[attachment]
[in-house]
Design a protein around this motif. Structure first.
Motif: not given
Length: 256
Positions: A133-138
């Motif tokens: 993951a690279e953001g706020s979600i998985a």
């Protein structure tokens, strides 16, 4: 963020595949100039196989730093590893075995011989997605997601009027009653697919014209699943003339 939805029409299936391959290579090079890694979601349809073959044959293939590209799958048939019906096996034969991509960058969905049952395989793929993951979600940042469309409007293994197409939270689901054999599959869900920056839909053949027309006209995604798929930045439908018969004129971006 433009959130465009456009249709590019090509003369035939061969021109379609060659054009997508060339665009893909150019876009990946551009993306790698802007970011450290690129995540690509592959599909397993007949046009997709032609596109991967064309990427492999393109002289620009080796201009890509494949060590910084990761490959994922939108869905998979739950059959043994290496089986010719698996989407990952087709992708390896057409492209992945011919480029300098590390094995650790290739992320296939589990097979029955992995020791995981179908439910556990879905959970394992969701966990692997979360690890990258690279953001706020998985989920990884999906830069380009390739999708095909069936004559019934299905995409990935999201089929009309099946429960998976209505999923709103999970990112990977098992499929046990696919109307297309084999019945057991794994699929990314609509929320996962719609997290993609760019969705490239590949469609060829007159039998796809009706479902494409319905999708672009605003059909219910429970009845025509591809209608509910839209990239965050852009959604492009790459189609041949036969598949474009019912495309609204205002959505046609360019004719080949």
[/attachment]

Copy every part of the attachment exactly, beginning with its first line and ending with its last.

[in-house]
Design a protein around this motif. Structure first.
Motif: not given
Length: 256
Positions: A133-138
């Motif tokens: 993951a690279e953001g706020s979600i998985a």
């Protein structure tokens, strides 16, 4: 963020595949100039196989730093590893075995011989997605997601009027009653697919014209699943003339 939805029409299936391959290579090079890694979601349809073959044959293939590209799958048939019906096996034969991509960058969905049952395989793929993951979600940042469309409007293994197409939270689901054999599959869900920056839909053949027309006209995604798929930045439908018969004129971006 433009959130465009456009249709590019090509003369035939061969021109379609060659054009997508060339665009893909150019876009990946551009993306790698802007970011450290690129995540690509592959599909397993007949046009997709032609596109991967064309990427492999393109002289620009080796201009890509494949060590910084990761490959994922939108869905998979739950059959043994290496089986010719698996989407990952087709992708390896057409492209992945011919480029300098590390094995650790290739992320296939589990097979029955992995020791995981179908439910556990879905959970394992969701966990692997979360690890990258690279953001706020998985989920990884999906830069380009390739999708095909069936004559019934299905995409990935999201089929009309099946429960998976209505999923709103999970990112990977098992499929046990696919109307297309084999019945057991794994699929990314609509929320996962719609997290993609760019969705490239590949469609060829007159039998796809009706479902494409319905999708672009605003059909219910429970009845025509591809209608509910839209990239965050852009959604492009790459189609041949036969598949474009019912495309609204205002959505046609360019004719080949």